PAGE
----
We’ve all been there. We’ve all had something push us to our breaking point, to our threshold – and dogs are no different.
What pushes your buttons? Right now for me, it’s my antique computer. I want to throw the thing out of the window. Luckily, I’m holding it together, I grind on and the computer remains on my desk.
Dogs know this feeling too. Keeping your dog sub-threshold is vital to treating separation anxiety. But to do that, you need to learn how to spot the signs of accelerating anxiety.
What are thresholds and why do they matter?
Imagine standing in line for groceries. The person at the front has an item without a price. The next person can’t find their card. You’re normally a-ok with queuing. But your stress levels rise.
Then the payment machine rejects your card. You lose your cool, flip out and snark at the assistant.
The machine gets sorted, you pay, and bristle out of the store. You feel terrible about snarking. But you had an emotional response to something stressful. You went over-threshold.
Dogs have thresholds too
This is how an anxious or aggressive dog feels. He starts off ok, then something triggers him. He heads towards the first level of anxiousness and manages to hold it together. But, if things around him worsen, then “boom,” he goes over his threshold. Once over the threshold, he can’t think straight, and emotions take over.
Imagine if every time you went to the grocery store, you had the experience described above, would you start to dread grocery shopping? Maybe you already dread grocery shopping!
Your anxious dog dreads you going out because he recalls so many bad experiences of being left.
Learning about your dog’s threshold
When your dog goes over-threshold, you add another bad episode to the anxiety bank. It starts to feel like you will never get out of the red.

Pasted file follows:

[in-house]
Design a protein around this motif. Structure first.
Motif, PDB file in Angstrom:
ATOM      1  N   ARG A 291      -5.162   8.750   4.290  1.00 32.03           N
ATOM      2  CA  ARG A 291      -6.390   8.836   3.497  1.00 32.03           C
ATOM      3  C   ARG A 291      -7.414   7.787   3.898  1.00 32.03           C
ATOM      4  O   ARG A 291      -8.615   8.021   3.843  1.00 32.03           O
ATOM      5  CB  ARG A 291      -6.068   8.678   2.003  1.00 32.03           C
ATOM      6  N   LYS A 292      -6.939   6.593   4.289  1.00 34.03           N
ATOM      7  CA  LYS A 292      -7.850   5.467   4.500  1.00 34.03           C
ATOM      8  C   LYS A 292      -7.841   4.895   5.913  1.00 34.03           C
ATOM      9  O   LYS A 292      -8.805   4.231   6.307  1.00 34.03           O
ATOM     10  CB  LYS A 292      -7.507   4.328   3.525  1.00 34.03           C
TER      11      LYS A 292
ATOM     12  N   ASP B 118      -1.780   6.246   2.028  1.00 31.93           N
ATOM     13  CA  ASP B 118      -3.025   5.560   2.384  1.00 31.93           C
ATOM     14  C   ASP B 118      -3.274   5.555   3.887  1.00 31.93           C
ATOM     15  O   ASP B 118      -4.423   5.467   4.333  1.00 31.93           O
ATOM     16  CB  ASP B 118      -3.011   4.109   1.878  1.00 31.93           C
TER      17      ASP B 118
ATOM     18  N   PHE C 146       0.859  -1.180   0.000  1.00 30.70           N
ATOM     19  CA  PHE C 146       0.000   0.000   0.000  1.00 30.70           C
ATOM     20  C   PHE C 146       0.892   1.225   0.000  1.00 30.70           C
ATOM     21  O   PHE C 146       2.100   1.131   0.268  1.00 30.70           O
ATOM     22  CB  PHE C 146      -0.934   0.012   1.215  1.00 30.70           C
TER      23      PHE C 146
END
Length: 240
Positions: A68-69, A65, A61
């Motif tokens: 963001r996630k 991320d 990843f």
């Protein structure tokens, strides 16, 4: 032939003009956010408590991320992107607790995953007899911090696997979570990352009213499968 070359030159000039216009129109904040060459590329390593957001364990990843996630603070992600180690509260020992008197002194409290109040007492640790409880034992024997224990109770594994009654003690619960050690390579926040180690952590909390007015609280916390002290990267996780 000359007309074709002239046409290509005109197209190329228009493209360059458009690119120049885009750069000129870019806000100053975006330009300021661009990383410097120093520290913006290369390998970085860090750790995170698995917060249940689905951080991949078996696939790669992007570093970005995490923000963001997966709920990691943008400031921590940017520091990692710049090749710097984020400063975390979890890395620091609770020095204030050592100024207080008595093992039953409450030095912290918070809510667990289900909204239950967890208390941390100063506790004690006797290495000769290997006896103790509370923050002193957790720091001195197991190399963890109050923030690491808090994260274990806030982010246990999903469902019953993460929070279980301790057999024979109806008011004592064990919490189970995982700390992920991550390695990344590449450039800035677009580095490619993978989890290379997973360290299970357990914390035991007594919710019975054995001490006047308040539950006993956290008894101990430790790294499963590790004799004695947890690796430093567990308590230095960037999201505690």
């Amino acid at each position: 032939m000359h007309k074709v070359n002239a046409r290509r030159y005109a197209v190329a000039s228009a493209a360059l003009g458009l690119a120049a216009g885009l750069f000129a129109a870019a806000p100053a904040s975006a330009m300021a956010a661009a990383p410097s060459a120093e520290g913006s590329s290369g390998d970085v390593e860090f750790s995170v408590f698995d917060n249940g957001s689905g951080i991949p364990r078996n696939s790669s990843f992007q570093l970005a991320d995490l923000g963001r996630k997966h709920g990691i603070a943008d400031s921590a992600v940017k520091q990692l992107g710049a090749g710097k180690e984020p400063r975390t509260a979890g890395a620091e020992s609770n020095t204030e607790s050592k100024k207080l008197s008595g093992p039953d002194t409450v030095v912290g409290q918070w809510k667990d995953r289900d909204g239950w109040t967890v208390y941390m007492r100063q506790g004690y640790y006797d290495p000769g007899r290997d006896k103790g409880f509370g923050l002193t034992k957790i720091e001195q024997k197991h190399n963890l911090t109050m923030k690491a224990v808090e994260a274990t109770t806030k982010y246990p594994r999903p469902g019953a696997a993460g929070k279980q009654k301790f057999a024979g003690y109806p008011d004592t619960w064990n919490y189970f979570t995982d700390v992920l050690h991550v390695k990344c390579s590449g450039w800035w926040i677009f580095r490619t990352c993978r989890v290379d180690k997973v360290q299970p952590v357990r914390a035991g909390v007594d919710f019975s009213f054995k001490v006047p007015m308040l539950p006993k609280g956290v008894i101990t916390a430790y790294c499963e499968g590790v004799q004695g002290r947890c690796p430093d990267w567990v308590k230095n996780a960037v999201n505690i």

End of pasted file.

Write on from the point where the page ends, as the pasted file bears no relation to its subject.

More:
So you can see why thresholds are so critical when we’re training anxious dogs. We’re trying to show your dog you going out isn’t scary. To do so, we need to expose him to positive experiences when he’s on his own.
But, how do you make sure your dog stays under-threshold? Unlike with people, we can’t ask dogs how they are doing. So when we’re treating separation anxiety, it’s all about body language. Let’s go over a few canine communication pointers.
“He’s perfectly fine.”
This is how your dog looks most of the time. His face and body are loose and relaxed. Whether he’s sitting, standing or lying, he doesn’t carry tension. His eyes are relaxed, and he might even give you a doggie smile.
“Holding it together.”
Your dog beings to feel uncomfortable. He’s alert. He worries. But he doesn’t panic, and he doesn’t freak out. He holds it together-just. You might start to see panting, lip licking, furrowed brows, his eyes looking “harder”, and you might see the whites of his eyes. His body will carry more tension, and his face and ears will lose that relaxed look.
Your dog has lost it. He can no longer hold it together. He’s gone over his threshold.
The more obvious signs are him barking, whining, trembling, shaking, or the chewing or destroying routine starting. Any pacing, panting or lip licking will become exaggerated. Some dogs don’t show their fear so overtly. They may freeze or make themselves small. With these pups it’s important to zero in on their face: eyes, ears, and mouth especially.
When your dog panics and he passes a tipping point, you will see a full-on meltdown. His fear is taking over, and it can be hard to help him calm down.
We know human sufferers of panic attacks often experience vicious cycles of panic. The physical side effects of panic are so unpleasant the sufferer panics at feeling panicked. It’s possible dogs also find panic attacks unbearable. Hence, they were right to think you going out was a bad thing because every time you go out, they feel terrible.
It’s essential to avoid letting your dog freak out. We need to break the rigid association between home alone and fear.
How can you tell when your dog is over-threshold?
You need to become a wiz at observing body language. Relaxed body language is straightforward. Freaking out can be easy to see too. But, the tipping point of “holding it together” is harder. That’s where video footage comes in.
Record footage of your dog home alone, and see if you spy the early indications of stress. Do this “live” so you can intervene before he tips over his threshold.
If you’re stuck and unable to work out when your dog is starting to fret, reach out to a dog trainer. Trainers spot the more subtle tips offs you might overlook. And we’ll teach you your dog’s unique pointers so that you’ll get better at stepping in before full-blown panic hits.
By keeping your dog sub-threshold at all times, you’ll teach him being alone isn’t terrifying. He’ll learn to cope on his own, and those panic attacks can become a thing of the past. If you need help dealing with your dog's home alone stress, book a free consultation.